Transfer pricing refers to the determination of prices at which goods, services and intangible properties are transacted between related parties. When unrelated parties deal with each other, independent market forces shape the commercial pricing of such transactions. However, in transactions involving related parties, their commercial and financial relations may lead to the setting of prices that deviate from independent commercial prices. This results in distortion of the profits derived by each related entity to the transactions as well as in the tax liabilities of each.
The distorting effects of non-arm’s length transfer pricing is of greater concern to tax authorities where related parties engaged in the transactions are located in different tax jurisdictions. This is because the varying taxation levels in different tax jurisdictions may lead to entities concerned not paying their fair share of tax in one or more jurisdictions, and the related entities as a group enjoying a tax advantage.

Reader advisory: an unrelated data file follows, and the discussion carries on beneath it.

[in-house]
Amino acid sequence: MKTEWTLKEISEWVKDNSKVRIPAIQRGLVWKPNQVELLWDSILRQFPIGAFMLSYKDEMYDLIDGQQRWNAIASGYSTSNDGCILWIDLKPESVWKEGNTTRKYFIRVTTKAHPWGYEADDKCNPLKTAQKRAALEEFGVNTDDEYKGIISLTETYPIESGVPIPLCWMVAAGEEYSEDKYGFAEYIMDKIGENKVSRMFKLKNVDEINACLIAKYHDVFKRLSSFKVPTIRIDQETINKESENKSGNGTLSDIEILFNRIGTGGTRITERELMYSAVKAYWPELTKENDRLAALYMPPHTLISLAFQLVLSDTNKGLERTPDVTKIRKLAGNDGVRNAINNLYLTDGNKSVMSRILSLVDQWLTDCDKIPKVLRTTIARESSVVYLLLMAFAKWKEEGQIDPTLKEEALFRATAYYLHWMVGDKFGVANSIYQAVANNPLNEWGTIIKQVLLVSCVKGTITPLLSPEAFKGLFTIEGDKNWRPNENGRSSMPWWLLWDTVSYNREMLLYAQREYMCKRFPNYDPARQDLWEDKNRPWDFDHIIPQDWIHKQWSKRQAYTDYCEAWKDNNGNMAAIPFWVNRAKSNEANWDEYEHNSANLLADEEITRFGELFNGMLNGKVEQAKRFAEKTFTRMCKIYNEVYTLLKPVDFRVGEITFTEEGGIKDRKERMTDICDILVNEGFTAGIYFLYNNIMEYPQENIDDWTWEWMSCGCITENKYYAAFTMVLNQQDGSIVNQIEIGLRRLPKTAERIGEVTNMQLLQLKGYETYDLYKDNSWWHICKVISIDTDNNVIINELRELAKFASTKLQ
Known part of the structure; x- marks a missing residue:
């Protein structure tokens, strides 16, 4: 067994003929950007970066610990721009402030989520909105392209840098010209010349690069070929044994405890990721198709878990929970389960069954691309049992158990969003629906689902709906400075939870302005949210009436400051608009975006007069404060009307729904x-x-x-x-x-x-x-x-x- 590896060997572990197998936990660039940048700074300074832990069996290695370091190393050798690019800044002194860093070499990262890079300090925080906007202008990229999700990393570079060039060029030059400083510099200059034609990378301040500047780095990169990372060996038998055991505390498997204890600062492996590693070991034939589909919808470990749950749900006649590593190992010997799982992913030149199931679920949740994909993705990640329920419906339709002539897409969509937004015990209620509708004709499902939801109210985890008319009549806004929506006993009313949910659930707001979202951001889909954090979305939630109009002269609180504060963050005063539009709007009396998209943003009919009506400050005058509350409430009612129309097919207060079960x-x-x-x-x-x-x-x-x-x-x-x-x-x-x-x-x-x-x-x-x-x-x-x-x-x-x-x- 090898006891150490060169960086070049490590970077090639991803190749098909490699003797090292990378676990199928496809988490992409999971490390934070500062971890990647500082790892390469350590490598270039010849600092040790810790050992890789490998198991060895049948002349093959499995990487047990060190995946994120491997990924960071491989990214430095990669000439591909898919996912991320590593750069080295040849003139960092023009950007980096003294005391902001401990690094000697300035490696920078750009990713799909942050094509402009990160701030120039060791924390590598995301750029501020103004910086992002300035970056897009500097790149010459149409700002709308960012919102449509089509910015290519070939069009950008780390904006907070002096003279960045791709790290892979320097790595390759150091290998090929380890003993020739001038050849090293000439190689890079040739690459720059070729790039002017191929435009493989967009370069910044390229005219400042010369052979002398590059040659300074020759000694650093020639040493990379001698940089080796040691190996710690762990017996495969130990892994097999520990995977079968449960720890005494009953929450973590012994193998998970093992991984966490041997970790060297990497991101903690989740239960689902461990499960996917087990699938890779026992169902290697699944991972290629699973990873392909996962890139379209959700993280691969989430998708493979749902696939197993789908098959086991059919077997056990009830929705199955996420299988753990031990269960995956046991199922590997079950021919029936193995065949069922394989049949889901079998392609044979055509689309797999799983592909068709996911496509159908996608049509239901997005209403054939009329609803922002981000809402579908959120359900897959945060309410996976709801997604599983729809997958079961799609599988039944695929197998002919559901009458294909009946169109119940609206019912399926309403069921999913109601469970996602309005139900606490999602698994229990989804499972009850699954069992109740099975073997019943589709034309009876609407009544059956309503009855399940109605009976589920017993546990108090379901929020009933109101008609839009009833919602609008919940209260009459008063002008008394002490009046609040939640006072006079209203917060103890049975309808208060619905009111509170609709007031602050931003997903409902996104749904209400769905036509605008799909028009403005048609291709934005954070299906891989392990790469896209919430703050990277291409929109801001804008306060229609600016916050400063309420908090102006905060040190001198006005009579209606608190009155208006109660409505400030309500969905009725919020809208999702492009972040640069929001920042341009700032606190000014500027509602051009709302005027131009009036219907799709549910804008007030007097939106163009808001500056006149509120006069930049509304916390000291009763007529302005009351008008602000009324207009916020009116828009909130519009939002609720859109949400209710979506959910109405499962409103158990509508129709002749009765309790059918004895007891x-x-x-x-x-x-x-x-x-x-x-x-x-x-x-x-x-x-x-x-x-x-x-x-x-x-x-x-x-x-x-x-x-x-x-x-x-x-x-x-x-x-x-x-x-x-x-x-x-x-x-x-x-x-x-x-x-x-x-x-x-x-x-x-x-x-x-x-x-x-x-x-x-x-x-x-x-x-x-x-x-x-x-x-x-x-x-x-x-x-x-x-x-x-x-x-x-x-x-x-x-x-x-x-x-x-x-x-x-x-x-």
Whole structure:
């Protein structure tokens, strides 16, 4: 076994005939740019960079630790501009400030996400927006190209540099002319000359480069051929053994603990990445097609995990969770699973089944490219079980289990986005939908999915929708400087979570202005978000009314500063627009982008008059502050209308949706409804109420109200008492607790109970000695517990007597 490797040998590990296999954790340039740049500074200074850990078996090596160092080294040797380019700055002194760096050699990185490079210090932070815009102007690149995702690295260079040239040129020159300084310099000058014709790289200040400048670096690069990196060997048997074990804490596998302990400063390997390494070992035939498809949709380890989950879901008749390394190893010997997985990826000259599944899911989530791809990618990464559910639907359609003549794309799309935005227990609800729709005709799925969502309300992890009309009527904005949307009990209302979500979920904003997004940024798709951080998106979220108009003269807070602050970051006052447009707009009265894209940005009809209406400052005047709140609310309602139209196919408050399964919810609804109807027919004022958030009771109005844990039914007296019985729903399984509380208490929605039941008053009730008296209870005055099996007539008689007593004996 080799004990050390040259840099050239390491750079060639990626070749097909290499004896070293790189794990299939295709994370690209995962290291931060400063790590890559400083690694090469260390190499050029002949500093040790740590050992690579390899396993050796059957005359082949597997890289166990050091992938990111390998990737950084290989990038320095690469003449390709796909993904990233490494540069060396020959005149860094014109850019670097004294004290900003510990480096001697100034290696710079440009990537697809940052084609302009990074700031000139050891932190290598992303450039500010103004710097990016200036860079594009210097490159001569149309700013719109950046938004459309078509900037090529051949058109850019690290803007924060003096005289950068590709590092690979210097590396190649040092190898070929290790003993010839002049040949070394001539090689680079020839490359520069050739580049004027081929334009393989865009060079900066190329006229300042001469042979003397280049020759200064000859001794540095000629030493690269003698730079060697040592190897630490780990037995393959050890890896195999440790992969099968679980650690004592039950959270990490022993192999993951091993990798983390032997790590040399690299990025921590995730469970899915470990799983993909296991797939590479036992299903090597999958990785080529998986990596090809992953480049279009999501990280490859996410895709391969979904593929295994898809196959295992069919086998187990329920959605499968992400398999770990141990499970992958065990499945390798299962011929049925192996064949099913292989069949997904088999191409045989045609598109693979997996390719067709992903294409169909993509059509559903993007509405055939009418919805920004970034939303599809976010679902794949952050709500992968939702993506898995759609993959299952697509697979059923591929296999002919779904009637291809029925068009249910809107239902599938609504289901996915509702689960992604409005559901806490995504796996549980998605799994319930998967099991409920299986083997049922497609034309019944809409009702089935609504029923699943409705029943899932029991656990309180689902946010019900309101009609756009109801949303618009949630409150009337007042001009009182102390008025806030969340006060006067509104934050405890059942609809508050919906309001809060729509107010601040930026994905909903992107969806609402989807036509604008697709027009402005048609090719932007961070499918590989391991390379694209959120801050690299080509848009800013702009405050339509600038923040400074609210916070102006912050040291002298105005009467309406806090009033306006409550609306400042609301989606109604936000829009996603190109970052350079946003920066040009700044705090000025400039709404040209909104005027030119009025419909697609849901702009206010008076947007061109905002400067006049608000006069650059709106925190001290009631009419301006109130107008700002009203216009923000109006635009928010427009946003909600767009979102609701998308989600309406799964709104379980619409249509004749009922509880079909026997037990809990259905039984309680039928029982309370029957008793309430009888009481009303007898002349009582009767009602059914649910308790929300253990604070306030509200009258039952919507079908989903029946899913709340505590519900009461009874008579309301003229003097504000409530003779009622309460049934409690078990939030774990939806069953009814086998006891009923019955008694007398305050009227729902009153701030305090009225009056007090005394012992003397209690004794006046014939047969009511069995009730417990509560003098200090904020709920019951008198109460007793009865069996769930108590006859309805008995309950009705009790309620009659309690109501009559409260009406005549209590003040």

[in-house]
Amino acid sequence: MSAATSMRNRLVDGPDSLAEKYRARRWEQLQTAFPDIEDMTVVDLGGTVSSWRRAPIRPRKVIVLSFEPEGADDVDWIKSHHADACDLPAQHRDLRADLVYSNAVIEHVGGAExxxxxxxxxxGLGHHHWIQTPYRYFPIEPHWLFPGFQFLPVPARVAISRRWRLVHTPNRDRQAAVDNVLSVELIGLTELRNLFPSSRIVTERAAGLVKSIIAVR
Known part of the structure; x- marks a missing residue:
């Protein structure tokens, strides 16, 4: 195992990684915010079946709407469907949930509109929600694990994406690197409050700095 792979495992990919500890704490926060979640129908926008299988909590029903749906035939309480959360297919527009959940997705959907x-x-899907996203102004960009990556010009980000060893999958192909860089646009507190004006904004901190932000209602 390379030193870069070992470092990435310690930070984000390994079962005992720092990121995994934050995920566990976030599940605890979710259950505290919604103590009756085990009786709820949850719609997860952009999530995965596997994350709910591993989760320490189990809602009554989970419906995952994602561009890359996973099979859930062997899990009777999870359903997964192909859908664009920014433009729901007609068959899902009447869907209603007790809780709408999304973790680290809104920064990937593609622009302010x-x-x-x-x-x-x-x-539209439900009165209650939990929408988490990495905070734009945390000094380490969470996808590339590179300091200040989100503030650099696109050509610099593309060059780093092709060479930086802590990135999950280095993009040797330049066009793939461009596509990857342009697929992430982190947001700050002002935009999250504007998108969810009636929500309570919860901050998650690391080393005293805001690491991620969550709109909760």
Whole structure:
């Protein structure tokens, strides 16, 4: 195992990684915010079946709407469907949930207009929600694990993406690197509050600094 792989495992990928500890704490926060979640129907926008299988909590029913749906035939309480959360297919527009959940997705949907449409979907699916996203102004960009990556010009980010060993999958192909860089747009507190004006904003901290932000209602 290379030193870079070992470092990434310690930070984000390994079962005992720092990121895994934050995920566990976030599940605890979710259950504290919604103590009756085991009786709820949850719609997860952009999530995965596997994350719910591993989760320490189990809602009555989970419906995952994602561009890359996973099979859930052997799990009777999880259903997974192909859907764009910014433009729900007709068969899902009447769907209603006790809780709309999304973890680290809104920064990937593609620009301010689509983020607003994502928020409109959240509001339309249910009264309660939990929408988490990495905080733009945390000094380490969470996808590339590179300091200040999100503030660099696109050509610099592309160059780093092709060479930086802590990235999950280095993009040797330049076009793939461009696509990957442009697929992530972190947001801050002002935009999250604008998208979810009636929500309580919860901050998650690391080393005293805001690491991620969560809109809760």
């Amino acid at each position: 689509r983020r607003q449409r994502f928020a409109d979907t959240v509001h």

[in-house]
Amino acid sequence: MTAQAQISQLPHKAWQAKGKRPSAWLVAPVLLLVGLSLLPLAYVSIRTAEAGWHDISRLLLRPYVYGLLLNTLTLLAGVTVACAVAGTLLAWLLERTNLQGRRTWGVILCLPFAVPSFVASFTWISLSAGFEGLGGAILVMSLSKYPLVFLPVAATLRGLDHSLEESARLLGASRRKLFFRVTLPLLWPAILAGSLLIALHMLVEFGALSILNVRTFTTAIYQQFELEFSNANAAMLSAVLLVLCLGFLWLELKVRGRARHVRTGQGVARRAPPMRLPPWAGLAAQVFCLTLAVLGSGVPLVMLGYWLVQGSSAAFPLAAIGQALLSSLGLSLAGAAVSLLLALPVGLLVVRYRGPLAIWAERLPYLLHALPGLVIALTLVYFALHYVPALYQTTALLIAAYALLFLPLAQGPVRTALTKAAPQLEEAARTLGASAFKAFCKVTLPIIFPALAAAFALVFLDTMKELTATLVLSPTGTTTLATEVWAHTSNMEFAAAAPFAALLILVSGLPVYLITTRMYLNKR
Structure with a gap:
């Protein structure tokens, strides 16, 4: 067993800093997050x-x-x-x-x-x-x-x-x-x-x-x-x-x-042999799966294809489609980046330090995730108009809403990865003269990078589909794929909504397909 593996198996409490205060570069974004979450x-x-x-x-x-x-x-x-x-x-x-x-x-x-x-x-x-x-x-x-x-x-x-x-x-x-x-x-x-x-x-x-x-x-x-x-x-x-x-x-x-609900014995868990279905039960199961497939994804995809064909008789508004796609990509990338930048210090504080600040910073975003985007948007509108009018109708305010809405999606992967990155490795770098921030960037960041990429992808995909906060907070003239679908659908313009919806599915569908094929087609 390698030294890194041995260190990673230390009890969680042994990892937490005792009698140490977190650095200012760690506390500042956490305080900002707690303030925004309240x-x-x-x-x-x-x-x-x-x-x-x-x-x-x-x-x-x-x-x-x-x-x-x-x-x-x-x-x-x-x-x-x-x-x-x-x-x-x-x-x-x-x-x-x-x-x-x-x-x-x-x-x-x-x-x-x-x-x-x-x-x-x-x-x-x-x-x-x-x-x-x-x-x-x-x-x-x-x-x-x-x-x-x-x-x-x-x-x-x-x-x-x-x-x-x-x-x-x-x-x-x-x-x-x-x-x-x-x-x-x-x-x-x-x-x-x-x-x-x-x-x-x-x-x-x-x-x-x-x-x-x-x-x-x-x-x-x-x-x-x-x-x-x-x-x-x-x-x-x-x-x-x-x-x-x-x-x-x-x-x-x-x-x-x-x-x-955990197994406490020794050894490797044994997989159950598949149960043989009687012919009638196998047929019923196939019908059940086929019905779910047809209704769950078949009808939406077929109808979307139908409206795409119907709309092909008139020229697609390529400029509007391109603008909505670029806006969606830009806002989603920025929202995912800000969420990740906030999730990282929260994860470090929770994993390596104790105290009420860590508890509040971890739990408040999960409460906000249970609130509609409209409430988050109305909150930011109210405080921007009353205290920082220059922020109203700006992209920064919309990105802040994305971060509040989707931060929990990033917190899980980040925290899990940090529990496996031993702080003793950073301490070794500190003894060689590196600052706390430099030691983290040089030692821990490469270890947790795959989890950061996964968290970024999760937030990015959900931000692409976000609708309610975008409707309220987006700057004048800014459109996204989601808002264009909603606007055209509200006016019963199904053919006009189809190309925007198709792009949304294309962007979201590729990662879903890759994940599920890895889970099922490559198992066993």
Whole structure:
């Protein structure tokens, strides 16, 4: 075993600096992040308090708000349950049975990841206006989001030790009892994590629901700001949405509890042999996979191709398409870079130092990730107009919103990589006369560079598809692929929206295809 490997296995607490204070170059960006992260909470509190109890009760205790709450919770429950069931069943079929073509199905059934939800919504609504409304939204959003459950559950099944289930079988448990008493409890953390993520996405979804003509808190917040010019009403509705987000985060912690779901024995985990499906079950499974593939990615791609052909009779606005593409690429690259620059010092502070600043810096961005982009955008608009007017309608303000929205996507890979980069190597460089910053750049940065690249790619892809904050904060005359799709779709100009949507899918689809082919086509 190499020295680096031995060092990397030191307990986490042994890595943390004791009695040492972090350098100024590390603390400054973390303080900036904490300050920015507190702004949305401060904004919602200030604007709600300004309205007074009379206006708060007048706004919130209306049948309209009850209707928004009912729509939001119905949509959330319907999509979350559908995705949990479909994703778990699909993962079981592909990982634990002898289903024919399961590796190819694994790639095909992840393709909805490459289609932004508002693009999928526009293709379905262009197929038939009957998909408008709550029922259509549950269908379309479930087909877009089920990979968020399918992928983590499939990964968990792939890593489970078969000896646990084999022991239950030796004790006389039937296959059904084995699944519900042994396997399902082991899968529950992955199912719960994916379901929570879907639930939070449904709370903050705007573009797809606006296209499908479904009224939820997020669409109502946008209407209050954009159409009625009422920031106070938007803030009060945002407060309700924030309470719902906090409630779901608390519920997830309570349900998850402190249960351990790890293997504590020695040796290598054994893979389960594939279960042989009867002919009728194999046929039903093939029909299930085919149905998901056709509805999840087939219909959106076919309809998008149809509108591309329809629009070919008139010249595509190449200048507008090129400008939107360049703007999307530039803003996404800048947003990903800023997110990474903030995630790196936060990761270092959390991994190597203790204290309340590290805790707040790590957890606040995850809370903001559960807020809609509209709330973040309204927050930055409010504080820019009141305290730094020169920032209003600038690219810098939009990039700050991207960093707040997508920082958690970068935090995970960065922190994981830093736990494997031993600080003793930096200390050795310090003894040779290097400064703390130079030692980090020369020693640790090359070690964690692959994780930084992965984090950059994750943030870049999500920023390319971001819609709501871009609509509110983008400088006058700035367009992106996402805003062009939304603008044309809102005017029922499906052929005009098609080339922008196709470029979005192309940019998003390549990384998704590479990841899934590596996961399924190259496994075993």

Increasingly, tax authorities worldwide are stepping up their audit efforts to verify that transfer pricing of cross-border related party transactions comply with the arm’s length principle. Where related party transactions are found not to have complied with the arm’s length principle and where the profits and tax liabilities of the related parties have been reduced, adjustments to the profits and tax liabilities would be made by tax authorities. Such unilateral adjustments increase the total taxable profits arising from the related parties’ transactions and hence result in double taxation.